GLASTONBURY--While most people are trying to stay as cool as possible in the heat, some athletes are forced to deal with the high temperatures head on.
"The temperature on the athletic turf versus grass could be anywhere from 20 to 30 degrees hotter," said Dr. Karissa Niehoff, executive director of the Connecticut Interscholastic Athletic Conference.
"The most important thing is probably staying hydrated," said Dr. Niehoff. "When that air around you is 120 degrees and its coming up from the bottom, there's really no escape, especially without a breeze."
"We actually got up this morning and texted everybody we had numbers of and said start hydrating now," said Glastonbury football player Jared Nelson.
Glastonbury athletic trainer Ann Daniel stressed the importance of hydration. "You can't come out 10 minutes before and drink a bottle of water. You're not going to be hydrated enough. You have to start a couple days ahead of time."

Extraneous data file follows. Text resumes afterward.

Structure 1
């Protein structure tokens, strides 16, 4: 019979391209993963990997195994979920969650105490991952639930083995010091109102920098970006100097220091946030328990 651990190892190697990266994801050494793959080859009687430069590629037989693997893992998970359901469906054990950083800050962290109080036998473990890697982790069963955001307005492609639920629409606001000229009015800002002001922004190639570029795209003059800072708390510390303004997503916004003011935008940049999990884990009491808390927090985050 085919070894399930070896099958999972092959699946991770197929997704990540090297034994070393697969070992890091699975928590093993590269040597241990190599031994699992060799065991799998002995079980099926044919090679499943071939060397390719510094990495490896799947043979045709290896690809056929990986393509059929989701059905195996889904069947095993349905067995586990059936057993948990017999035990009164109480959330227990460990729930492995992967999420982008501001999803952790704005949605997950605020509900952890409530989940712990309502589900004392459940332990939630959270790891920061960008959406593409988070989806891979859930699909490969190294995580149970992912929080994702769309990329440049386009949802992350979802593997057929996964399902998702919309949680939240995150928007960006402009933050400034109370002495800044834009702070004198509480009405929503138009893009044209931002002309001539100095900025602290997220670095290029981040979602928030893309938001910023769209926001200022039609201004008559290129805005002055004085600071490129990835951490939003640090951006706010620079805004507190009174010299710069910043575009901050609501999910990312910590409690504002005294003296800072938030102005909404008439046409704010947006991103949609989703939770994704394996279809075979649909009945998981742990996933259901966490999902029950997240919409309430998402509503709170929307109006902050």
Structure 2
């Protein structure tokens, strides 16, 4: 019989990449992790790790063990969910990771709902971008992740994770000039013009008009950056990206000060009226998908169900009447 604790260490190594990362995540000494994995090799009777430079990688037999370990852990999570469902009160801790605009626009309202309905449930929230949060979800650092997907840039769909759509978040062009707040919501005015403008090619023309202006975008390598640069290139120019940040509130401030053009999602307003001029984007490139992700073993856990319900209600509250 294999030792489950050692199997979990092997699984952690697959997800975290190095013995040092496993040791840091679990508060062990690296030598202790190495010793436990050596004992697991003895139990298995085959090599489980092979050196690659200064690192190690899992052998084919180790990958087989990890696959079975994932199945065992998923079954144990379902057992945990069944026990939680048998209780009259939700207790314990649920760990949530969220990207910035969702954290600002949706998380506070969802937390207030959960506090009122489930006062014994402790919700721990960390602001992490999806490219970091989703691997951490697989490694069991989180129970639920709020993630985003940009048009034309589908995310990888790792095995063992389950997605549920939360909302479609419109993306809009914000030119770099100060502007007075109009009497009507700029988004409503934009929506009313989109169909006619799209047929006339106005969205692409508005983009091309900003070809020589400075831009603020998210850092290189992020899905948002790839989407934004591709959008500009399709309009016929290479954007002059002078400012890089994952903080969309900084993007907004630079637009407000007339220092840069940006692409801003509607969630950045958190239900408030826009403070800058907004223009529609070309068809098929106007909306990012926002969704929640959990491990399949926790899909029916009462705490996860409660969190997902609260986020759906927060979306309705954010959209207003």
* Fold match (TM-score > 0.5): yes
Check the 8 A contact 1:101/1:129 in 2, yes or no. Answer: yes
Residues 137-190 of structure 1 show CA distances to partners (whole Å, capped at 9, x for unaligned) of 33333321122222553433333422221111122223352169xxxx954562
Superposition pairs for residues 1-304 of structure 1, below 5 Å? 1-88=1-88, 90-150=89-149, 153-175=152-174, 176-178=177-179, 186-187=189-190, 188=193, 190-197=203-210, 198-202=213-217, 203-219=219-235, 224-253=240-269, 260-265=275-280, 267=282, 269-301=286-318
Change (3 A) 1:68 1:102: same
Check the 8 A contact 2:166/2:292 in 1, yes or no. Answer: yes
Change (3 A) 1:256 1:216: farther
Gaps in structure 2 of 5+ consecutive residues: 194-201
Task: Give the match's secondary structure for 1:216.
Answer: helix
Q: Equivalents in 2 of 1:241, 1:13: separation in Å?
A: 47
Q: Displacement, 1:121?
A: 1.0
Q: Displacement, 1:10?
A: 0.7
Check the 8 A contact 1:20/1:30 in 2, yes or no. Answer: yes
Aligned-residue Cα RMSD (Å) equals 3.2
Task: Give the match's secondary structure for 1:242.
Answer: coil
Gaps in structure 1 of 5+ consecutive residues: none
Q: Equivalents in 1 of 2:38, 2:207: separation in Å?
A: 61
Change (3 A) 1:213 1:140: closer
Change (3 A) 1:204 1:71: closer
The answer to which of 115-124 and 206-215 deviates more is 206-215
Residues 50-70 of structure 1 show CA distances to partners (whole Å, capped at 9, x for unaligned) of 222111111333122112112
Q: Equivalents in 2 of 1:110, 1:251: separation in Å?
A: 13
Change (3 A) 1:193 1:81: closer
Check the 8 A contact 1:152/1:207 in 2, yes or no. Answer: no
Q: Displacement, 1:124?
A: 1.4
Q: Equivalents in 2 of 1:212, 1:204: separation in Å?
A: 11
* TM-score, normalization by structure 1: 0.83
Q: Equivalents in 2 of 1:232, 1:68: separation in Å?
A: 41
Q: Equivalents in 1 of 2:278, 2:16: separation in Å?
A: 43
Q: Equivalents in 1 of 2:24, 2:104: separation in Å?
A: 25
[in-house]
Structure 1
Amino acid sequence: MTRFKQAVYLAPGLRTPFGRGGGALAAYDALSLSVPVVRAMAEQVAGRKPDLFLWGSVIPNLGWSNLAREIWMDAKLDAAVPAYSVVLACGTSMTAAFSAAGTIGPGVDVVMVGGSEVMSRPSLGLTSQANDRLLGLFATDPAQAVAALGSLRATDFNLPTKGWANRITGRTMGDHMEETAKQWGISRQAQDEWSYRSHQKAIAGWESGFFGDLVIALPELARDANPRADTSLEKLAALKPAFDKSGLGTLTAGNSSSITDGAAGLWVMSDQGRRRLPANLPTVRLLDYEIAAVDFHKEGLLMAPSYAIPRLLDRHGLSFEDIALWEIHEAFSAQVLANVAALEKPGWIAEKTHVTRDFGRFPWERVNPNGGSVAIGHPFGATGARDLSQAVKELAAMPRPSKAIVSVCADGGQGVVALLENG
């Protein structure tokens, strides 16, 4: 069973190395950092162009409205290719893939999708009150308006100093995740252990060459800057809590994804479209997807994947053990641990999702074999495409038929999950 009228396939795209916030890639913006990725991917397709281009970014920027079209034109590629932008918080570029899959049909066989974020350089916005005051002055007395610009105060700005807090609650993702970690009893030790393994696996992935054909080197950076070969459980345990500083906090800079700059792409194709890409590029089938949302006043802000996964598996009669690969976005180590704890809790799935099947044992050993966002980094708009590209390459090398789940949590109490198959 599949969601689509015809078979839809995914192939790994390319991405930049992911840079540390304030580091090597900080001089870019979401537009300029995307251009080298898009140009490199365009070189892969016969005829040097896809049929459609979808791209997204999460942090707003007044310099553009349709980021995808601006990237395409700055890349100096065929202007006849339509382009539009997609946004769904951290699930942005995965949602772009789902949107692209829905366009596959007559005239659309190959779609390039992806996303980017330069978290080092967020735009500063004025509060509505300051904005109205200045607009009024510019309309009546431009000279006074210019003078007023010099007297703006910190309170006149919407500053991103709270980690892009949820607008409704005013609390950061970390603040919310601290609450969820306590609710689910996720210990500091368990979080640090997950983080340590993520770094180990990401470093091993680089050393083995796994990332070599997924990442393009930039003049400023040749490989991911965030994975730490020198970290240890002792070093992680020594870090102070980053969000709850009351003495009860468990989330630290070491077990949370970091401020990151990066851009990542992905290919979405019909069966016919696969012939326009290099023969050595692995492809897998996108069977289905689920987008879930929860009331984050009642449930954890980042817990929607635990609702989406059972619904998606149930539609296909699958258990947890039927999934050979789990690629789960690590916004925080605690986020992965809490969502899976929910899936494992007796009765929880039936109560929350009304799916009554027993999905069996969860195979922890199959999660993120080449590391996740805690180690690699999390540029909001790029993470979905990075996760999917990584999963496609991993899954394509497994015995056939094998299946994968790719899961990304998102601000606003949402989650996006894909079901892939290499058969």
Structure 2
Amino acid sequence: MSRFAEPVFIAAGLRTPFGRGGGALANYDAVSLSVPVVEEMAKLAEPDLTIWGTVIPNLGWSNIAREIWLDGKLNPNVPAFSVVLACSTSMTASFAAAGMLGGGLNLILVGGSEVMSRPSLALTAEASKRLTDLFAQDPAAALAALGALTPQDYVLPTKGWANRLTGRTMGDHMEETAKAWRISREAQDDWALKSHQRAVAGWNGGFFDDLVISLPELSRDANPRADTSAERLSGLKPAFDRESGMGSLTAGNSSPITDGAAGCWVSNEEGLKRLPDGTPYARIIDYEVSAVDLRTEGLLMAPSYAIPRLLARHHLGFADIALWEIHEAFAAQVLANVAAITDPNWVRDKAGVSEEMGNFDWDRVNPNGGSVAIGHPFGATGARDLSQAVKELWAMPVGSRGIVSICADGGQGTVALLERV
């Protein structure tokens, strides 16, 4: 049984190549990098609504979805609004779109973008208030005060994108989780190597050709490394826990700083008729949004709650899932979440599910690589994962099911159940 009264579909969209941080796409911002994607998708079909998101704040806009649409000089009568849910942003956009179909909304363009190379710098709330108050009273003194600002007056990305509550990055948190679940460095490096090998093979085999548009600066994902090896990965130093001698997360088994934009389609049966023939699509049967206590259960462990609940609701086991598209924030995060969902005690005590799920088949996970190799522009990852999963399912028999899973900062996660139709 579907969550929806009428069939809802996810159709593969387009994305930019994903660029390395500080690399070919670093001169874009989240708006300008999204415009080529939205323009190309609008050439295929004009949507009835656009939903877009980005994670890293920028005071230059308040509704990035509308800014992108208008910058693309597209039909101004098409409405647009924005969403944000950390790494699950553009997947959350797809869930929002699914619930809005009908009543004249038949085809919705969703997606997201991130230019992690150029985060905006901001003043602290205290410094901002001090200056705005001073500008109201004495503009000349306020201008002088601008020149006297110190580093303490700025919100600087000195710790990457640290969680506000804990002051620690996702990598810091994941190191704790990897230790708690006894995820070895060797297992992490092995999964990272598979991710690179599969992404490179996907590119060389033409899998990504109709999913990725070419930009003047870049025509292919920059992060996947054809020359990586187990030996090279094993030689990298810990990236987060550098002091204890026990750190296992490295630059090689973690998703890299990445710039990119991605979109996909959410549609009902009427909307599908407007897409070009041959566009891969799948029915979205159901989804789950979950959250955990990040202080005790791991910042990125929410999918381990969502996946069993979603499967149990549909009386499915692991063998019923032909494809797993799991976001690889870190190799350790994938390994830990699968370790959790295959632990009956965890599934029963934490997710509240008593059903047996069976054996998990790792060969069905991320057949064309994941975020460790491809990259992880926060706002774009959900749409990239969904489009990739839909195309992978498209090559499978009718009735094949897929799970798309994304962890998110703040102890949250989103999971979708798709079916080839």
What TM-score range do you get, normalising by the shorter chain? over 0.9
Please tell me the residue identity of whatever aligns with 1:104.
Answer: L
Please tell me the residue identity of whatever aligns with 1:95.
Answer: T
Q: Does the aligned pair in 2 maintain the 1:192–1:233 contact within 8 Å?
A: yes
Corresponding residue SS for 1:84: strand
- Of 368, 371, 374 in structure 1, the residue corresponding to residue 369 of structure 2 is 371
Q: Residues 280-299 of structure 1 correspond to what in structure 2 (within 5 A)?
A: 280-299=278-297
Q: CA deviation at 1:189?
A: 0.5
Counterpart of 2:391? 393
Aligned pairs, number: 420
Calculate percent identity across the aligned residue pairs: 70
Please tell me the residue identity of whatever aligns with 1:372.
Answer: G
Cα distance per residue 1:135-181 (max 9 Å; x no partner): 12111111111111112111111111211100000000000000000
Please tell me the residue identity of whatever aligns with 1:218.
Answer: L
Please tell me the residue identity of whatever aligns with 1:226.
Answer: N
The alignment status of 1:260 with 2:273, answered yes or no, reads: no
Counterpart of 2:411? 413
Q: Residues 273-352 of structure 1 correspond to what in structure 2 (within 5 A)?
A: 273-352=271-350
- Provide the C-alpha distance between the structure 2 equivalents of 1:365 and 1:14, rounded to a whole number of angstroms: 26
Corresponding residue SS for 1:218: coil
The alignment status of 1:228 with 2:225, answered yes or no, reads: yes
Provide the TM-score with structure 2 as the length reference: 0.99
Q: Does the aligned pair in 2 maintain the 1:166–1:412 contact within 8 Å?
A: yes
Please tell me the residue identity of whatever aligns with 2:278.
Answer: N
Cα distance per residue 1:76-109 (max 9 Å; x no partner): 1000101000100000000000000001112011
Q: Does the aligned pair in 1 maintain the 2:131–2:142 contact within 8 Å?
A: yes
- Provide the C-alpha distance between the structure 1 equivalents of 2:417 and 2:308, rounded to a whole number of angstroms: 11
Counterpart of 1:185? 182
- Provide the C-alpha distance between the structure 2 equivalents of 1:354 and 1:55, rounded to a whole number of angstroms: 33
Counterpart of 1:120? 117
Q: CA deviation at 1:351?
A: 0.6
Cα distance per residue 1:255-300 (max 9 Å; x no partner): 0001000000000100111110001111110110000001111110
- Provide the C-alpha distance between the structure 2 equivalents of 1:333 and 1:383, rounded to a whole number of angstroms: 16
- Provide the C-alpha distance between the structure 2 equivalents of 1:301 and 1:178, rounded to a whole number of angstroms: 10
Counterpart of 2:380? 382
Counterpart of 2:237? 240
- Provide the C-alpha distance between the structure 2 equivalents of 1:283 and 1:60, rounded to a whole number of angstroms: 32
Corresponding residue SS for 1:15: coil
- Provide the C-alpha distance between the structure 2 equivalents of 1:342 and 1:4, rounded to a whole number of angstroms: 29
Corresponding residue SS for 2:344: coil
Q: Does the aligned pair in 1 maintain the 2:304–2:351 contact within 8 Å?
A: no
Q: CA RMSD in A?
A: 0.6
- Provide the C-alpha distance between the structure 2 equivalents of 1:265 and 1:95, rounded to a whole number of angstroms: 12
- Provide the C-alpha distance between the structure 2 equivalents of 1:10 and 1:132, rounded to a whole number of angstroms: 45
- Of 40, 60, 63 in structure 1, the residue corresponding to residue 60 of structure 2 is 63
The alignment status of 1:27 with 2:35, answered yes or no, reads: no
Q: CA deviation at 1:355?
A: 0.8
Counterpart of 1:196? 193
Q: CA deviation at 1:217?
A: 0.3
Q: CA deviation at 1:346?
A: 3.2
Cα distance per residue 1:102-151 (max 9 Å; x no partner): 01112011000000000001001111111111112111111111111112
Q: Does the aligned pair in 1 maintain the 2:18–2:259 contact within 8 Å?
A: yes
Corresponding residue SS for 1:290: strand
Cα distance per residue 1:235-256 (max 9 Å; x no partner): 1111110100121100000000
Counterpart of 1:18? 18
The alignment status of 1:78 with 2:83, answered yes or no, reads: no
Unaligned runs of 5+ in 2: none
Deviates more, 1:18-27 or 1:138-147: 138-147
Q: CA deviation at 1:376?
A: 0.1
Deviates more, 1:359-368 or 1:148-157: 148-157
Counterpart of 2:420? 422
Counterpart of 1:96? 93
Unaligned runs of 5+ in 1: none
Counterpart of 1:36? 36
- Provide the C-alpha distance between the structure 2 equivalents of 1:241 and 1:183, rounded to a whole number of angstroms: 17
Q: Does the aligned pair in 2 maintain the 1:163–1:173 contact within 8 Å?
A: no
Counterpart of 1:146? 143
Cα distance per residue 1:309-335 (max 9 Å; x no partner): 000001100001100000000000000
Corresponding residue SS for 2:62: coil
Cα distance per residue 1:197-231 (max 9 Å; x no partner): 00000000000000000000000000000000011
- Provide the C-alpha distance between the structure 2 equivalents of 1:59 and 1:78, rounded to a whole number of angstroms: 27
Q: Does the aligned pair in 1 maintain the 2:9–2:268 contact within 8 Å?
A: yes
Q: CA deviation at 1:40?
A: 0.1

Head football coach Scott Daniels said they try to make the situation more bearable for the players, but that turf fields have been something they've dealt with for years.
"We do a lot of things with helmets off," said Daniels. "We get them extra rinses and things like that. We're used to it."
Glastonbury's trainers are also prepared for the heat.
"We have cold tubs in our training rooms to put kids in if they start to get too hot," said Daniel. "Ice bags, just lots of water, lots of breaks."